Border crime may increase with Canadian marijuana law

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(Host) Public Safety Commissioner Kerry Sleeper says he’s very concerned that the decriminalization of marijuana in Canada will lead to a significant increase in smuggling across the Vermont-Canadian border. Sleeper says the state doesn’t have the resources to deal with this issue on a long term basis.

VPR’s Bob Kinzel reports.

(Kinzel) In the not too distant future, the federal government in Canada is expected to announce plans to decriminalize the possession of small amounts of marijuana. That decision greatly concerns some law enforcement officials on this side of the border.

Vermont Public Safety Commissioner Kerry Sleeper is convinced that the decision will result in more illegal attempts to bring marijuana into Vermont from Quebec:

(Sleeper) “So I am very concerned, we should be. And I think this was very irresponsible by the Canadian government without working more closely with the border states to consider the impact.”

(Kinzel) Sleeper says one of his biggest concerns is that much of the Canadian marijuana industry is run by organized crime:

(Sleeper) “Hell’s Angels, specifically, control much of the market. They enforce it very aggressively, they bomb, they kill people that try and become involved in the trade that aren’t part of their operation. So this is an invitation for organized crime to take a firmer root in Canada as well as exposing our border to traffic across it.”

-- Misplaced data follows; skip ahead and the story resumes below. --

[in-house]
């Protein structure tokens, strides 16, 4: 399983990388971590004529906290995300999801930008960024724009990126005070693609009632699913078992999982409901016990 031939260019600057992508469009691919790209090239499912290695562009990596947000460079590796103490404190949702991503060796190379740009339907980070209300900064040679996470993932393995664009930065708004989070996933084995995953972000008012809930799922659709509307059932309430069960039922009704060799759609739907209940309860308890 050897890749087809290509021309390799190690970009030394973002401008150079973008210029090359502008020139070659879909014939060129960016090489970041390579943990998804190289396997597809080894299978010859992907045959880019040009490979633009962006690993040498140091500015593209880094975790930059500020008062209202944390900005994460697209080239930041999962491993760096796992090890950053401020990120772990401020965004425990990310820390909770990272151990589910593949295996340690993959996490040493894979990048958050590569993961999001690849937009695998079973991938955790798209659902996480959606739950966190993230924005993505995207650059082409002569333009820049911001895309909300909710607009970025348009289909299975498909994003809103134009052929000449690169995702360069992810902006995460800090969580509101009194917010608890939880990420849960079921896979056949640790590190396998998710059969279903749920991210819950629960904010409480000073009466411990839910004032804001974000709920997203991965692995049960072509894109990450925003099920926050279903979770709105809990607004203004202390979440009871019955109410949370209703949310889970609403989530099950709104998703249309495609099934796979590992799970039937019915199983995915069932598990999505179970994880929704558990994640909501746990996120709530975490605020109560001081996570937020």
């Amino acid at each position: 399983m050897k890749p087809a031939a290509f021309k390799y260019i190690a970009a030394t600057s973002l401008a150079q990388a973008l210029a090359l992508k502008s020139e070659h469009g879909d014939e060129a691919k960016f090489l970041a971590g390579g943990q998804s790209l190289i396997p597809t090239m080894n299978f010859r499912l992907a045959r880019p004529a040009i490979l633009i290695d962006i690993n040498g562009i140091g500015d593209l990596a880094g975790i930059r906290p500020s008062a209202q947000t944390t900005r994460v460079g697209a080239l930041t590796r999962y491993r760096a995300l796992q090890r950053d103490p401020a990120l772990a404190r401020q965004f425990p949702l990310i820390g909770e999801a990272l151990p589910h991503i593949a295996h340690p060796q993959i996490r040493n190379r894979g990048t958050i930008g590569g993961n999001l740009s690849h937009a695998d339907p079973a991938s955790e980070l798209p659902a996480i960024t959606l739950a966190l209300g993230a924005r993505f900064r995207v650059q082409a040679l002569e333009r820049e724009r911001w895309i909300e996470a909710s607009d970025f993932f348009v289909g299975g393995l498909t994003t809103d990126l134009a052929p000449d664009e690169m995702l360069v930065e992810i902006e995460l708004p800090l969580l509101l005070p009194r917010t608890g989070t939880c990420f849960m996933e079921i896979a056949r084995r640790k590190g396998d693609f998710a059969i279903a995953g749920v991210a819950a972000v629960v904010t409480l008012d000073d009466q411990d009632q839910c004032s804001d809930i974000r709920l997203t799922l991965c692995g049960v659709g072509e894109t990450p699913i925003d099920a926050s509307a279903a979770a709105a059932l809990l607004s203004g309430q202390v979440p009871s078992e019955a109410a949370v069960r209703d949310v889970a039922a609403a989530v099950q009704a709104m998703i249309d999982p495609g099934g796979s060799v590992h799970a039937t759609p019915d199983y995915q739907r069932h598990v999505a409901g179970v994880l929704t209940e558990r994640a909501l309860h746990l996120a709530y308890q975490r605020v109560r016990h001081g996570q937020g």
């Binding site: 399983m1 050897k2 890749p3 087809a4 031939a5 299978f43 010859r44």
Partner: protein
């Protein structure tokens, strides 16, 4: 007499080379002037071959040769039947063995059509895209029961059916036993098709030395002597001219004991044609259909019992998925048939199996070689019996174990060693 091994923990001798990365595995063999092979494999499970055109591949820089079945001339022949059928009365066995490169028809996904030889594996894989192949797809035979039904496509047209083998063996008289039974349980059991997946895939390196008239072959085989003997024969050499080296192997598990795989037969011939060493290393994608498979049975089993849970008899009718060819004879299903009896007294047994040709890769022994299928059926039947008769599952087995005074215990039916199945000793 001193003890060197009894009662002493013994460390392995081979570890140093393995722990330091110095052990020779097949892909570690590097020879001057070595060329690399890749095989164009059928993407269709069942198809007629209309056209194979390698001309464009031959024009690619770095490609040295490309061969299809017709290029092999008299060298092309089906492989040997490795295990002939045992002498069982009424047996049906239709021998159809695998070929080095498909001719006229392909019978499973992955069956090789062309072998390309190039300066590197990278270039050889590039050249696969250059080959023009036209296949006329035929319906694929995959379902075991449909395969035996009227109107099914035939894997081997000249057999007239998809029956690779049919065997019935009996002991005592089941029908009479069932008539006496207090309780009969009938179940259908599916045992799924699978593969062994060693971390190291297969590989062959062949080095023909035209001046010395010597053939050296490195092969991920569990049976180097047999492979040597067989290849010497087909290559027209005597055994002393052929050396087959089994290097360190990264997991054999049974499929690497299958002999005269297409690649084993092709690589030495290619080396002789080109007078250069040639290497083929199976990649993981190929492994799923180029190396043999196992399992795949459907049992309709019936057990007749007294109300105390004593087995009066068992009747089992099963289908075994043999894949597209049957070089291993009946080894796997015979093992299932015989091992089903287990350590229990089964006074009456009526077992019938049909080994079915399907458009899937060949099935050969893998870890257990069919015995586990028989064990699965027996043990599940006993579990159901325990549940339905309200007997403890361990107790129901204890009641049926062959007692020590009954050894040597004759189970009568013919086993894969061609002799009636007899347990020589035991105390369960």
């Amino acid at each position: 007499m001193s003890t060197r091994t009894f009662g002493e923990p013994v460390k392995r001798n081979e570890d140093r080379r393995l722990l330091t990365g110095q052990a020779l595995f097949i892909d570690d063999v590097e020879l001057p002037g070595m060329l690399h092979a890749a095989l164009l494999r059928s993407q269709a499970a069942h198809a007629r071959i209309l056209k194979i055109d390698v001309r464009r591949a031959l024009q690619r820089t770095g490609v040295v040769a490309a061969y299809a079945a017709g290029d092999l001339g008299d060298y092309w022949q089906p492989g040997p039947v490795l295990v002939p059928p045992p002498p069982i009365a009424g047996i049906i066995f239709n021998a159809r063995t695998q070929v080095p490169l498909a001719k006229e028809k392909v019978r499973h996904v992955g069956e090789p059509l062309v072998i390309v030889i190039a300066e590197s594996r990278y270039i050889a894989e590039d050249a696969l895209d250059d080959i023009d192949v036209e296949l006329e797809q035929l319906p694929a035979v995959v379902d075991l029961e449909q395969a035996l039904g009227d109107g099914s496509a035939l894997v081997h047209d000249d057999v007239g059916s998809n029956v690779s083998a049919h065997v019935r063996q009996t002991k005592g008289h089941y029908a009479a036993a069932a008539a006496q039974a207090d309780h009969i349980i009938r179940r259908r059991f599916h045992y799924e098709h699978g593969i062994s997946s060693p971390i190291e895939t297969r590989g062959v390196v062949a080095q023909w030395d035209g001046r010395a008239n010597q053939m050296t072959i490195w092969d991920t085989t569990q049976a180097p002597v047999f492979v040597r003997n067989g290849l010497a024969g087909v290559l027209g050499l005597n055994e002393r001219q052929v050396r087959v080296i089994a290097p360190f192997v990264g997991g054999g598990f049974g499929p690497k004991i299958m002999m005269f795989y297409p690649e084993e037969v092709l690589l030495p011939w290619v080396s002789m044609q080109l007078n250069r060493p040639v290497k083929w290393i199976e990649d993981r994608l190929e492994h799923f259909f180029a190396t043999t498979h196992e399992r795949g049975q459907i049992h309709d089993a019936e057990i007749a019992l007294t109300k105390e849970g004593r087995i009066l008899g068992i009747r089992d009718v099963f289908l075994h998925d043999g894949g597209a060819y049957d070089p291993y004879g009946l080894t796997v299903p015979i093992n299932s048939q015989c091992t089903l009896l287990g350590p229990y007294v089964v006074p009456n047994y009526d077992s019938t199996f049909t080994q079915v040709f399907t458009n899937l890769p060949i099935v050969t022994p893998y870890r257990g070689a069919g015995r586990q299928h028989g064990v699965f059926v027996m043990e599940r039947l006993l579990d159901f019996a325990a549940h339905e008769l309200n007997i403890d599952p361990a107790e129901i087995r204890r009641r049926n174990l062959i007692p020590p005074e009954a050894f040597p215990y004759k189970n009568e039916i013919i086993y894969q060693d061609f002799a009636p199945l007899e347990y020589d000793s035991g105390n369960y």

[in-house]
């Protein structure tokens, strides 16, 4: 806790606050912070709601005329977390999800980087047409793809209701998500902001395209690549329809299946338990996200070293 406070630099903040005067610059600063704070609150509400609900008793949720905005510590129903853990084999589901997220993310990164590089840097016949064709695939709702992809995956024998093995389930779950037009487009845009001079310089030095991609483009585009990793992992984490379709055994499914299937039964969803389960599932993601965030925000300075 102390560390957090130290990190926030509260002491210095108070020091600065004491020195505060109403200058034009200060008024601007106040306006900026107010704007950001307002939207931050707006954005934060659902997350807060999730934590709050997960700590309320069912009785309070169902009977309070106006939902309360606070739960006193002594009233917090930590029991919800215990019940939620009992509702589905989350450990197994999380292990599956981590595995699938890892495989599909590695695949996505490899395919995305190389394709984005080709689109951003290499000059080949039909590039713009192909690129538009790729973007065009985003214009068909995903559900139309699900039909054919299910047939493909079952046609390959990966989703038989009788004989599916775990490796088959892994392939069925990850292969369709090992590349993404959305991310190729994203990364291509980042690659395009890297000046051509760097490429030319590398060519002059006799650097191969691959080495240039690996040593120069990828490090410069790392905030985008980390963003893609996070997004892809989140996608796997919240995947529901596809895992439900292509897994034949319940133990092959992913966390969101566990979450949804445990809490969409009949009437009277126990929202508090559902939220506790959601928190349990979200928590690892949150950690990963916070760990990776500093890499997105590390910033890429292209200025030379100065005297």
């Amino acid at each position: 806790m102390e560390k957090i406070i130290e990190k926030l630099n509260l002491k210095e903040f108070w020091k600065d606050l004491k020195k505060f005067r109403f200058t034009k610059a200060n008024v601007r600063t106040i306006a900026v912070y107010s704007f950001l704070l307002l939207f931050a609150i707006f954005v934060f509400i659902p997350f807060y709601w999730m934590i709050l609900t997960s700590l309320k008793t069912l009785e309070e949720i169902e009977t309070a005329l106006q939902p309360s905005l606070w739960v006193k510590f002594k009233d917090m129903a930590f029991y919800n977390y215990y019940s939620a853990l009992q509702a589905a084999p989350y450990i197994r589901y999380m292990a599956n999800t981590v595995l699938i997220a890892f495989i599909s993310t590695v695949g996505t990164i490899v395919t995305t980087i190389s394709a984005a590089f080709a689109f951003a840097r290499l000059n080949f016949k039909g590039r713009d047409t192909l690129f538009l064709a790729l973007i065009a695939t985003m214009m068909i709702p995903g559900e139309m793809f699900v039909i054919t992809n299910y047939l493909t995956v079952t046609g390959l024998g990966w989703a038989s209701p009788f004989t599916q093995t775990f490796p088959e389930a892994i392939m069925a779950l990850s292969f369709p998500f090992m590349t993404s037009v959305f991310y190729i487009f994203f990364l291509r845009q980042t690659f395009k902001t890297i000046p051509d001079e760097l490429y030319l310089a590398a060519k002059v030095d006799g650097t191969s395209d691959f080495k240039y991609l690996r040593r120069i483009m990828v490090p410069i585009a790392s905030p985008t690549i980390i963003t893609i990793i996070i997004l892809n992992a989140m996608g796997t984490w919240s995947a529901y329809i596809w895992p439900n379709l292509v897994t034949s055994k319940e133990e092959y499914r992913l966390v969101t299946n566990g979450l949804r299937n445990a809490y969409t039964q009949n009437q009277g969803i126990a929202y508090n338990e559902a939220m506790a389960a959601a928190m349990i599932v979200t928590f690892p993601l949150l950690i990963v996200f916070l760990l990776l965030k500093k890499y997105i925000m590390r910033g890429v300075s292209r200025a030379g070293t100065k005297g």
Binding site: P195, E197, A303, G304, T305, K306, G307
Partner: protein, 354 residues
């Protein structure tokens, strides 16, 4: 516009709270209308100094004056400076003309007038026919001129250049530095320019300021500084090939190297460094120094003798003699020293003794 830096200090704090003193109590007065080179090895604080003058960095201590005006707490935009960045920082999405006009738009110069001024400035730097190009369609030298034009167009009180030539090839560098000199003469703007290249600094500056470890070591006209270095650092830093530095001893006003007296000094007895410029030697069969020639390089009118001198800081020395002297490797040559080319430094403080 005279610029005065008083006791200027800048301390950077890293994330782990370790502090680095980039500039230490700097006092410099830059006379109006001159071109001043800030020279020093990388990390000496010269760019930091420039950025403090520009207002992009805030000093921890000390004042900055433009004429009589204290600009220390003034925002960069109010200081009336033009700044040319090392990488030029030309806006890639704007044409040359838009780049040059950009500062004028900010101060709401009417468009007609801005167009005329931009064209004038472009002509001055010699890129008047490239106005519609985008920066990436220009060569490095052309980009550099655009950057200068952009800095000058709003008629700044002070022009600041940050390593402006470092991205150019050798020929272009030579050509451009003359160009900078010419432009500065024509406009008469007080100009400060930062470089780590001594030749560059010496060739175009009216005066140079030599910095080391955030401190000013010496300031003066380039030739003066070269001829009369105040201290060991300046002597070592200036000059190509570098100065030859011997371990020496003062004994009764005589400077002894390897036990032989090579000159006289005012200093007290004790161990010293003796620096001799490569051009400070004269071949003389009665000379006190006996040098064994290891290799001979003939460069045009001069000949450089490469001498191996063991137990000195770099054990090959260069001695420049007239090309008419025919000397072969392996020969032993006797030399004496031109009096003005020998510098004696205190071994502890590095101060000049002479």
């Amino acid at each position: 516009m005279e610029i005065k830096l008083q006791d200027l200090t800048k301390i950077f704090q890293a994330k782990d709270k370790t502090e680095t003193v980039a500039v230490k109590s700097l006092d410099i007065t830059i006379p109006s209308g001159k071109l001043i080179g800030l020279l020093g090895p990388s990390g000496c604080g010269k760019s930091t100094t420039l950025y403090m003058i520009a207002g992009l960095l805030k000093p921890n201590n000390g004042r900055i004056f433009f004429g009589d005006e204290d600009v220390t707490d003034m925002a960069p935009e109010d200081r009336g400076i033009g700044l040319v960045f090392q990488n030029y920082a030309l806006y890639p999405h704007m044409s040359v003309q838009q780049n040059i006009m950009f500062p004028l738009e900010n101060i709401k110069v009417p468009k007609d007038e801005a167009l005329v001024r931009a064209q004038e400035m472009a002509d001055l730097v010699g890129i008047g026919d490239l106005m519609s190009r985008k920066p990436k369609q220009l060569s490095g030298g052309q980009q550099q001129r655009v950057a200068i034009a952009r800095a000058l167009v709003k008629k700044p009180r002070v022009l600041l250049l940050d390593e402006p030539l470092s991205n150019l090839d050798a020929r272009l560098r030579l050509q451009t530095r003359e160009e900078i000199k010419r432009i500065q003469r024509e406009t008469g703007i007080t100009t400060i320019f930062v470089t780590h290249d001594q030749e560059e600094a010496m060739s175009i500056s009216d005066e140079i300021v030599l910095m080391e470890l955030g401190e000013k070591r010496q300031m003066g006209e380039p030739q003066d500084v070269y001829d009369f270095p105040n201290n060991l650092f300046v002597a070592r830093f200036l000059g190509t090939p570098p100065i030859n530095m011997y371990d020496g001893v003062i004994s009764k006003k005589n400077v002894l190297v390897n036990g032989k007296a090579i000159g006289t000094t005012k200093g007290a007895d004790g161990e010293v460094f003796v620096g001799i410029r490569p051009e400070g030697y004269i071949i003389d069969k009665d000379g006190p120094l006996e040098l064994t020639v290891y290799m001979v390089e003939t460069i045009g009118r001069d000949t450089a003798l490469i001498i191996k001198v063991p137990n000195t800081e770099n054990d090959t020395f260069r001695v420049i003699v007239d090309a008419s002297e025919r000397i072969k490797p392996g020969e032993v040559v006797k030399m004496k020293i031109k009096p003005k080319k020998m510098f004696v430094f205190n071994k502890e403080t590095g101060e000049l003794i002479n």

(Kinzel) Sleeper says the Vermont border is being targeted by smuggling operations because New York State has taken steps to beef up their border crossings since September 11:

(Sleeper) “They put about 100 troopers just alone on the border. We haven’t and as a result we’re seeing increases in all types of illegal traffic coming across the Vermont border. It makes sense that those people in Montreal responsible for smuggling recognize where the border’s tighter and where it’s not, and they’re going to take advantage of it. So we in Vermont will unfortunately see increases in the smuggling.”

(Kinzel) Sleeper says law enforcement officials in this country are making a last minute plea with the Canadian government to delay or even cancel the implementation of the decriminalization plan.

For Vermont Public Radio, I’m Bob Kinzel in Montpelier.

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